Covid-19 and the measures taken to contain it have caused an extraordinary level of operating losses, debt accumulation and dividend cancellation across the UK equity market.
However, even where headline metrics are similar, the longer-term consequences for businesses will vary dramatically.
The housebuilders shocked investors with the speed at which balance sheets deteriorated and dividends were cancelled.
Companies, such as Taylor Wimpey, which ended 2019 with more than £500m net cash on the balance sheet, should not have been cutting dividends in almost any scenario - except this one.
The sudden halt to building activity left housebuilders with hundreds of millions of pounds worth of near-finished goods that were contracted for sale but could not be sold.
However, suppliers had to be paid for the work done to date. This created an instant and colossal working capital outflow.
As this outflow completes, a business model that in another industry would be described as 'virtual' will revert to very low monthly running costs. With zero revenues, these costs will be accumulating losses.
Once lockdown ends, little additional expenditure will be required to complete pre-sold houses and release a lot of cash back into the business, swiftly restoring the balance sheet.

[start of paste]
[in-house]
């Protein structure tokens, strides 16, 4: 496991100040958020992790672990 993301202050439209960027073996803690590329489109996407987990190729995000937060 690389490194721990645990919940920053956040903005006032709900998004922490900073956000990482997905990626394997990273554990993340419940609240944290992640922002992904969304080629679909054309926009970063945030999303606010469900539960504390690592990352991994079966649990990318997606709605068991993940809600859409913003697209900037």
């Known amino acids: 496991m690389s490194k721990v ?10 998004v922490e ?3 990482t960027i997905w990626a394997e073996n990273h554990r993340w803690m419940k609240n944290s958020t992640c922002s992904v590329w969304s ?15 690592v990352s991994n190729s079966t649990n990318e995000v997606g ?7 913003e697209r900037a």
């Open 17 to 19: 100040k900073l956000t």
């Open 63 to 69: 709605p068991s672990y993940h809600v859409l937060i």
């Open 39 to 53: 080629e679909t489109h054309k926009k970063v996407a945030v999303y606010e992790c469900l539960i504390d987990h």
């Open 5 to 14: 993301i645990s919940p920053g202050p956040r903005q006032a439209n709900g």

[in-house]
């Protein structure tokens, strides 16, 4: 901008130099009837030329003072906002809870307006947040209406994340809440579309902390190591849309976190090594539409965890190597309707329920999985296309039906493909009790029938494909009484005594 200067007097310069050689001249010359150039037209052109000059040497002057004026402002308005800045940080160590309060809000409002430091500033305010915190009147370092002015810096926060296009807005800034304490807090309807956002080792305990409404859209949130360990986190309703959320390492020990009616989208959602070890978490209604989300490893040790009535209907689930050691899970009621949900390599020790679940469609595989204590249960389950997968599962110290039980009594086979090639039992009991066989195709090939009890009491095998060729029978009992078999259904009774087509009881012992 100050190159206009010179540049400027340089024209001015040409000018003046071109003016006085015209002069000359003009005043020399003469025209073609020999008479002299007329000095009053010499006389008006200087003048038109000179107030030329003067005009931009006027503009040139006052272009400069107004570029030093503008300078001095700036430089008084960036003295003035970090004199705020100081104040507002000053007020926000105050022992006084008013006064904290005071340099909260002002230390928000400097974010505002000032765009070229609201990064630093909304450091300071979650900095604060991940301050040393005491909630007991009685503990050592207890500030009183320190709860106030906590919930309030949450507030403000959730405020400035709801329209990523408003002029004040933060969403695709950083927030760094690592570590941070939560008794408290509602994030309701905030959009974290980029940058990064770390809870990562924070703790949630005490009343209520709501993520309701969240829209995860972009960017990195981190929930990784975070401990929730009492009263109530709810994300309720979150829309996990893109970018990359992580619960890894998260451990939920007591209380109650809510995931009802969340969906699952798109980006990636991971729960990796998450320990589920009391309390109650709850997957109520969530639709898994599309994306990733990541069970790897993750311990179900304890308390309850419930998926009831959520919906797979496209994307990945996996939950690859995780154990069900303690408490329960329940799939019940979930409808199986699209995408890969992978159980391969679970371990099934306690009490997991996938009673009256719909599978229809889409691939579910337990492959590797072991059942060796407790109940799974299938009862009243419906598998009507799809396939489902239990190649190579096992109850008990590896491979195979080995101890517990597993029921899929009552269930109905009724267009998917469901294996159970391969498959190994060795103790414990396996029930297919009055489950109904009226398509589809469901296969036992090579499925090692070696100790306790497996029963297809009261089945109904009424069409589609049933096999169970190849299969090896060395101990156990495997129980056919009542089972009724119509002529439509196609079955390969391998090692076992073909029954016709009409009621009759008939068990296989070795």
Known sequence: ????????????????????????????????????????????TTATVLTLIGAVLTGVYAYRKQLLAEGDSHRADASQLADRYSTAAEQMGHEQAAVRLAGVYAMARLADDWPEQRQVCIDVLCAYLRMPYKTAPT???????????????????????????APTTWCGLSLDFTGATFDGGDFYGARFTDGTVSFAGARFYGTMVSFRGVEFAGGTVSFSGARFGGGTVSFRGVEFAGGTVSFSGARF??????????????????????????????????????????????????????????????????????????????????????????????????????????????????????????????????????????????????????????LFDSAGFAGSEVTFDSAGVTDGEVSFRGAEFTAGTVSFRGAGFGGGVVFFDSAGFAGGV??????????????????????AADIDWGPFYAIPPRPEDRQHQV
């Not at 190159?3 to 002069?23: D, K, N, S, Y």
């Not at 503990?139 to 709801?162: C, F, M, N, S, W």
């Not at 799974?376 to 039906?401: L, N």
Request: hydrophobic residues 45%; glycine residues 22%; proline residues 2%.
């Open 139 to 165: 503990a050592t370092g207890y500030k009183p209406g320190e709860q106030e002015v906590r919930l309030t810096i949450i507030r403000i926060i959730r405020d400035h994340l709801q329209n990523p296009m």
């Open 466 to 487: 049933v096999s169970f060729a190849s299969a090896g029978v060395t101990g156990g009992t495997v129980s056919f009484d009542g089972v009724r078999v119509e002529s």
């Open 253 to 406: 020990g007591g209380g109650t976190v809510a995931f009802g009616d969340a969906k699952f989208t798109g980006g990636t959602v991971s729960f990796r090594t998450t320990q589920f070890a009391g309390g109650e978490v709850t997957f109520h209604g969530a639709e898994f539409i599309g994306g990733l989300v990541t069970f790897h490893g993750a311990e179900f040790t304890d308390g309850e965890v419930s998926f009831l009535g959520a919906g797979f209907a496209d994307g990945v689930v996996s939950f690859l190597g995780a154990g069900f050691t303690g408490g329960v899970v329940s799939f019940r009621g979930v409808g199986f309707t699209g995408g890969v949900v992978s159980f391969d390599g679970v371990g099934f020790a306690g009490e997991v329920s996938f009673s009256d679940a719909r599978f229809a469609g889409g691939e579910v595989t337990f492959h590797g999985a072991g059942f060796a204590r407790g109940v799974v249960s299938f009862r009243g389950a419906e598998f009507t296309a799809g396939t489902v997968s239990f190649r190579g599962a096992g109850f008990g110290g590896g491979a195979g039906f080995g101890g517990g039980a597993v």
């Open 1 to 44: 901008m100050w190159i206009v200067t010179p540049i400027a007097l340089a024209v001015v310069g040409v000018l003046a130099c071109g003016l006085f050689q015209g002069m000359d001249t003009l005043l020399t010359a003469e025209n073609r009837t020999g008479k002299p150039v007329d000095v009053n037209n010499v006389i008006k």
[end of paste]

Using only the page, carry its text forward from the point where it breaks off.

We can debate the health of the housing market after the lockdown and the profitability of the housebuilders, but they will be entering this period in a state of fundamental financial strength and we would expect some element of dividends to follow soon after.
The businesses we worry about more are those multi-nationals with large cost bases that do not fit easily into government support schemes.
These businesses will see balance sheets deteriorate not because of working capital flows, which should also swiftly correct, but because of heavy accumulated operating losses.
When normality returns, there will likely be a prolonged period in which cashflow will be diverted to rebuilding balance sheet strength. These dividend holidays could last for several years.
This looks to be another example where conventional wisdom about business resilience does not sit well with the challenges of today - a great hunting ground for mispriced assets.
David Kneale is head of UK equities at Mirabaud Asset Management
• The current environment is a great hunting ground for mispriced assets
• Housebuilders entered this period with strength and dividends could soon return
• Large multinationals do not fit easily into government support schemes
• Dividend holidays could last for many years in order to rebuild balance sheets